Four key people to watch at COP28
King Charles III, Pope Francis and COP28 President Sultan Al Jaber might grab headlines at next week's COP28 in Dubai, but they are not the only people who will play an important role at the crunch UN climate conference.
Negotiators, activists and the leaders of vulnerable small island nations are all key to shaping the November 30 to December 12 talks.
Here are four people to watch:
Born in Tianjin in 1949, Xie made a career in China's green sector, before spearheading his homeland's negotiators at the climate conferences.
The veteran diplomat has forged strong ties to his US counterpart, John Kerry, despite the complicated relations between the two nations.
"Xie Zhenhua is a role model for future climate diplomats. He is deeply committed to climate action and is willing and able to bridge the gaps between China and the global community," said Li Shuo, at the Asia Society Policy Insitute.
Eco-feminist and founder of the Rwandan nonprofit The Green Protector, Ineza Umuhoza Grace, will be one of the leading voices outside of the official negotiations seeking to influence events.
She is the global coordinator for the "Loss and Damage Youth Coalition" which brings together young people from the global South and North to demand measures to help vulnerable countries bearing the brunt of climate change fallout.
The coalition will present 10 demands at COP28, including the implementation of the loss and damage fund that was promised during COP27 last year.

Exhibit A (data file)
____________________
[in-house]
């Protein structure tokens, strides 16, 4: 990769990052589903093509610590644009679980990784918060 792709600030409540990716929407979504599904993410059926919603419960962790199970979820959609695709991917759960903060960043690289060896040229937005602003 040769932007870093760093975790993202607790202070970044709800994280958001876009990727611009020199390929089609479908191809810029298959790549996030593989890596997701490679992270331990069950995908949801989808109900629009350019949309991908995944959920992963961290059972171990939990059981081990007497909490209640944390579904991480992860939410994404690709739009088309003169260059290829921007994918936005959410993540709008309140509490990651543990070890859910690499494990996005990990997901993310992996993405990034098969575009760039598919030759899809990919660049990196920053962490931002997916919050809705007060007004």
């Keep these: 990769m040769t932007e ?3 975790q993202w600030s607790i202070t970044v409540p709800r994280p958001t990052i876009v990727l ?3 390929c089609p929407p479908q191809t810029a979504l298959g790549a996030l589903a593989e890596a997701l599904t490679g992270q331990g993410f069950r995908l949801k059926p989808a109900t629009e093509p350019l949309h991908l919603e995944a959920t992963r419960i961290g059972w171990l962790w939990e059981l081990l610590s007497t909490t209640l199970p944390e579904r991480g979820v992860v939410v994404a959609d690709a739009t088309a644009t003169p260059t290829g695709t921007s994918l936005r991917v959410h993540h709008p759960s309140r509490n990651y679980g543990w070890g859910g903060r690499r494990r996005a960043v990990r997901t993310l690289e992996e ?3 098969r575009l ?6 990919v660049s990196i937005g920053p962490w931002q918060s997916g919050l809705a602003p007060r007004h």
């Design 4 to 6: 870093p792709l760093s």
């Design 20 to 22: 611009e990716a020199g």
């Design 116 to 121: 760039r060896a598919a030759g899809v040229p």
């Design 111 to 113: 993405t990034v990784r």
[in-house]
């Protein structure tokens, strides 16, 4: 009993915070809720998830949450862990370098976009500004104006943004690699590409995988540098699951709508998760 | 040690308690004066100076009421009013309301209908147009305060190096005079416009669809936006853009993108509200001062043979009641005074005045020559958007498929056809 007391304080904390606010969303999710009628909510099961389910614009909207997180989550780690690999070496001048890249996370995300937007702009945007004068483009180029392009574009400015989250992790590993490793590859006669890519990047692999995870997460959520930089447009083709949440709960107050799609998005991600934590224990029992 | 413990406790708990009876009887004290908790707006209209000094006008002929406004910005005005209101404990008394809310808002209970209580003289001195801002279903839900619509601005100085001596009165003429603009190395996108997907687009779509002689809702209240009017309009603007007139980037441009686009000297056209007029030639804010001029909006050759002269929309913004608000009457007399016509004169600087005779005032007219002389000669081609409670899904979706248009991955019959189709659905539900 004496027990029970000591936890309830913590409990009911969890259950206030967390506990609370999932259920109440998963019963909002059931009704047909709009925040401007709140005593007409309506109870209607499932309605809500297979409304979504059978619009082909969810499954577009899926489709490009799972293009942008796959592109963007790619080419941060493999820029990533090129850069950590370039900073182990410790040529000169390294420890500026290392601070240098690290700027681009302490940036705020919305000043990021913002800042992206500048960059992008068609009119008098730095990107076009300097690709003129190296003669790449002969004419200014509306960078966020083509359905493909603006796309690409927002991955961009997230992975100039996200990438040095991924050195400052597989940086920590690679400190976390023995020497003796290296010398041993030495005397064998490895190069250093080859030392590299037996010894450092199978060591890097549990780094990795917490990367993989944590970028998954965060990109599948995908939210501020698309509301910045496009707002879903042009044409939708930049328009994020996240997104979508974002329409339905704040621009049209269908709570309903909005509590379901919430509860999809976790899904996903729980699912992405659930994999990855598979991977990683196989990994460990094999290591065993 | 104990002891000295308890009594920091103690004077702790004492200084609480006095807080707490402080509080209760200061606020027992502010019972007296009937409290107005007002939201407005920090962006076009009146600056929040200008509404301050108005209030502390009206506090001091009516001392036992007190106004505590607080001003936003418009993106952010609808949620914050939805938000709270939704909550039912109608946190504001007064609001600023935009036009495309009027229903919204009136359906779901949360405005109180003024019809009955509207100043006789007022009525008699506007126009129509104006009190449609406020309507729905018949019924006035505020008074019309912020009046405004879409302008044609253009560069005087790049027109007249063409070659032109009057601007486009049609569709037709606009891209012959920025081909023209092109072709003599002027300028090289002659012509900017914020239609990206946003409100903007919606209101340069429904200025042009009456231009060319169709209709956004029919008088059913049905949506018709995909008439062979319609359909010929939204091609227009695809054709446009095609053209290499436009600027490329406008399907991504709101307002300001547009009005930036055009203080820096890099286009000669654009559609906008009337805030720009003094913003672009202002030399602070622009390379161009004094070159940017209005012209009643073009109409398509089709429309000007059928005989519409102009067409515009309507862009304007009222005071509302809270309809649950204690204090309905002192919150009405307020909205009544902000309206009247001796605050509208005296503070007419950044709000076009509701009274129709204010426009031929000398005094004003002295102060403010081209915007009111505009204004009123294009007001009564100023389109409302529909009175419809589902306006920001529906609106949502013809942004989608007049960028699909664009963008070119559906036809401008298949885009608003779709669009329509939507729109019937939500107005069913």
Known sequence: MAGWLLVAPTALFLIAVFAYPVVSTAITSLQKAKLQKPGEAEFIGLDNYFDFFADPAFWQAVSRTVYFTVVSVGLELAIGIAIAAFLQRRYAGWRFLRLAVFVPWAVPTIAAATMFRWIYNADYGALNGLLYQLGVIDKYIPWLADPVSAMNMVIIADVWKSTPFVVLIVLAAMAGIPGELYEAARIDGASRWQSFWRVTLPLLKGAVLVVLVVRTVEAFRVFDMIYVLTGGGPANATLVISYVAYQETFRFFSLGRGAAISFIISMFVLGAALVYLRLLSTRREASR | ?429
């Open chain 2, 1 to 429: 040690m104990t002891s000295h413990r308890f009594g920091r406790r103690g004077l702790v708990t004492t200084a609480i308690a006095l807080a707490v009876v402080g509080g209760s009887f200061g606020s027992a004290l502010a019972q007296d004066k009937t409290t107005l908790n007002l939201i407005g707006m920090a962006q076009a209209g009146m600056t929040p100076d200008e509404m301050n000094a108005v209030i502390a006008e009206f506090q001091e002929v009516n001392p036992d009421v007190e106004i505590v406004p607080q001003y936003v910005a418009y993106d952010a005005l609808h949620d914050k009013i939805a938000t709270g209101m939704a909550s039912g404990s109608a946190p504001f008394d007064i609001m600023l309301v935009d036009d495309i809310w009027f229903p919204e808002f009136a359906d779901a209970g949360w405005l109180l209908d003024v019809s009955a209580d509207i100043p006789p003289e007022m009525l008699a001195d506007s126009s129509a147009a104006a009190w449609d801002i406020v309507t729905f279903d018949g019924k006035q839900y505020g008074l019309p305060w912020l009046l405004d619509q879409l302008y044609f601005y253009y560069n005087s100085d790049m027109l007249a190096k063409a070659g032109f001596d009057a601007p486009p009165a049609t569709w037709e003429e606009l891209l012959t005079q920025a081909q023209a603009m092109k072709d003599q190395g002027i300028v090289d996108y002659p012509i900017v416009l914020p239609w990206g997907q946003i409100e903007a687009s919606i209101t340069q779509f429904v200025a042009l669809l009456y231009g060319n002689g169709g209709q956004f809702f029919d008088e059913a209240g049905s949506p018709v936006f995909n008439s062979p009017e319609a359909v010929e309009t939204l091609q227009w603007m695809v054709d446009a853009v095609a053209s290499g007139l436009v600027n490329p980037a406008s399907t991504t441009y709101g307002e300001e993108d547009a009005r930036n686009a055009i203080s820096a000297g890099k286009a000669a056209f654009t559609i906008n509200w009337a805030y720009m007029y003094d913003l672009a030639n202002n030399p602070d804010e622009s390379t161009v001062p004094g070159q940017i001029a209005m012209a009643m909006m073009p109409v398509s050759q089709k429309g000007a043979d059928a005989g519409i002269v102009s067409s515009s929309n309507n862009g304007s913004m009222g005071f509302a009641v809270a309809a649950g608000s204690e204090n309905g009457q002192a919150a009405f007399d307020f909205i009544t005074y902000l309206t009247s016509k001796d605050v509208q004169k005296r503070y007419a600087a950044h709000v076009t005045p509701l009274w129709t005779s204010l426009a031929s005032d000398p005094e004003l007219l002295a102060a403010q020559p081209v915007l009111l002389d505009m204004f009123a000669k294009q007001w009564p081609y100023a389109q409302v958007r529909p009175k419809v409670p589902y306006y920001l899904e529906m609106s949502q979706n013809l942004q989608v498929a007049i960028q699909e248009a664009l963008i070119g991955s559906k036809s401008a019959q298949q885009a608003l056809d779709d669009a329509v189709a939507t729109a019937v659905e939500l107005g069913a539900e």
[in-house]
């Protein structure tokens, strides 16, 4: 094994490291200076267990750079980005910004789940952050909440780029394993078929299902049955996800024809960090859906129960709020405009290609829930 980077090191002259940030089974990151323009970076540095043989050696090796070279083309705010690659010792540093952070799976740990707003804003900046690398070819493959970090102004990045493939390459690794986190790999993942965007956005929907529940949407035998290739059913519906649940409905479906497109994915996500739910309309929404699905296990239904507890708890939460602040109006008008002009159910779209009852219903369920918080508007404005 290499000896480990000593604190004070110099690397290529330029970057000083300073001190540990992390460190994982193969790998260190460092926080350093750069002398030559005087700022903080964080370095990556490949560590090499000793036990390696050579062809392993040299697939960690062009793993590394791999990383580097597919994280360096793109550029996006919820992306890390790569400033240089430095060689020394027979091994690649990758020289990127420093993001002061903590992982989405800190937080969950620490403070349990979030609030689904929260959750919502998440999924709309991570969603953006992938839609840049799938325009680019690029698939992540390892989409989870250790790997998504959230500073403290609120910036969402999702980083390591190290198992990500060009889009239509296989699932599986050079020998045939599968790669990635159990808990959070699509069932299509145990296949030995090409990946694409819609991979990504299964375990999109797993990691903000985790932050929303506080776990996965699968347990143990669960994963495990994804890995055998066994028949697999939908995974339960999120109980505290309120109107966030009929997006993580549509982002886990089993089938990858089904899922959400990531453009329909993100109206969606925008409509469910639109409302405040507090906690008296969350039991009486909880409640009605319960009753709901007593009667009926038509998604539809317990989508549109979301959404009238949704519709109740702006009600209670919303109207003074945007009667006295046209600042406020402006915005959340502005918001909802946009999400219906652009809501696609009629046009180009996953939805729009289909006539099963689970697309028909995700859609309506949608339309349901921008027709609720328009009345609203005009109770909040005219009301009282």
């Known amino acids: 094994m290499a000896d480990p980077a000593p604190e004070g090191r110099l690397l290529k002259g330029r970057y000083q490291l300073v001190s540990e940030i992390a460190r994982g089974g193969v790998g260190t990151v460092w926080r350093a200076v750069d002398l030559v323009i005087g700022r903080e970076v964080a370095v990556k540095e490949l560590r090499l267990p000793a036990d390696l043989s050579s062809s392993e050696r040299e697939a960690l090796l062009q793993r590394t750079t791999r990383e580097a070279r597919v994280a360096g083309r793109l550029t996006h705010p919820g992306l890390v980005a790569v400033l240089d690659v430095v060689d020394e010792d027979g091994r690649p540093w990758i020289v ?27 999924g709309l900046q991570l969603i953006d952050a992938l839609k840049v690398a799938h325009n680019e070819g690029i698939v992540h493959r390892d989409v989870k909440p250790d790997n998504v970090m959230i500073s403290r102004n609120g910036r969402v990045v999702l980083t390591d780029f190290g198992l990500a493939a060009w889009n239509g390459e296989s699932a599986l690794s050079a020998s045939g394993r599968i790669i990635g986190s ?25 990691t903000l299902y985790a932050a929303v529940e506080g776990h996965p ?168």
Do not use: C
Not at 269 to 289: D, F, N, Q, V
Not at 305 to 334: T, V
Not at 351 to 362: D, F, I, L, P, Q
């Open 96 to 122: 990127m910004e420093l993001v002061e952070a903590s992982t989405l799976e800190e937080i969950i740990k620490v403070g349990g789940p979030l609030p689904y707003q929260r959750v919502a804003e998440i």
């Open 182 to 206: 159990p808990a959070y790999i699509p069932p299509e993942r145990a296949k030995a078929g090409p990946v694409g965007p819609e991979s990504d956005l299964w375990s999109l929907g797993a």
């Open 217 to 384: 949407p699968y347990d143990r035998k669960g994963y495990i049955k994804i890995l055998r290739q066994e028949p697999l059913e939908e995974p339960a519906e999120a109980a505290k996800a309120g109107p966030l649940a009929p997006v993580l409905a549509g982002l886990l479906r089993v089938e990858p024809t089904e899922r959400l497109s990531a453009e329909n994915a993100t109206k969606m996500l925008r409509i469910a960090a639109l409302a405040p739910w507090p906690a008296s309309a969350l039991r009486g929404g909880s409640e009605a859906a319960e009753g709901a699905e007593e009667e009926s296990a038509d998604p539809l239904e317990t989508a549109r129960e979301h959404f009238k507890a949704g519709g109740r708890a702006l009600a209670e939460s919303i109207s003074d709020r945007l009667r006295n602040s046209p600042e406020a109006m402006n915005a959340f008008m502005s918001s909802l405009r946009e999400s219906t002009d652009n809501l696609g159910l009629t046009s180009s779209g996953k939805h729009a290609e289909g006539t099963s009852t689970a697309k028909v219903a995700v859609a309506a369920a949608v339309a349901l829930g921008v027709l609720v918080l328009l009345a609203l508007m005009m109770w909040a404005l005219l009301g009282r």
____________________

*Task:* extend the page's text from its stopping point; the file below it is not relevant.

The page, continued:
Stiell has served as executive secretary of the United Nation's Framework Convention on Climate Change since 2022. He regularly appears alongside COP presidents during the two-week conferences.
He has no direct power over the discussions, but he uses his influential position to push major countries towards stronger action.
"COP28 is our chance to make a dramatic course correction. Let's seize that chance," he recently pleaded on X (previously Twitter).
Stiell hails from the small Caribbean Island of Granada on the frontline of climate change-induced consequences, where he served as the Minister for Climate Resilience and the Environment for five years following a career in tech.
Another Caribbean native, Barbados Prime Minister Mia Mottley wields a COP audience disproportionate to her country's small size.
This outspoken lawyer by training has led calls for the "absolute transformation" of the global financial system to align with climate priorities.
"Despite its tiny size Barbados has succeeded in making its voice heard on the world stage and influencing the debate on the international financial system, thanks to the determination of its prime minister," said Frederike Roder of the nonprofit Global Citizen.
"She took advantage of the Covid-19 pandemic and the growing climate emergency to propose concrete solutions. Although she only represents the Barbados citizens, Mottley has spoken on the behalf of many Southern states and their citizens across the world," said Roder.
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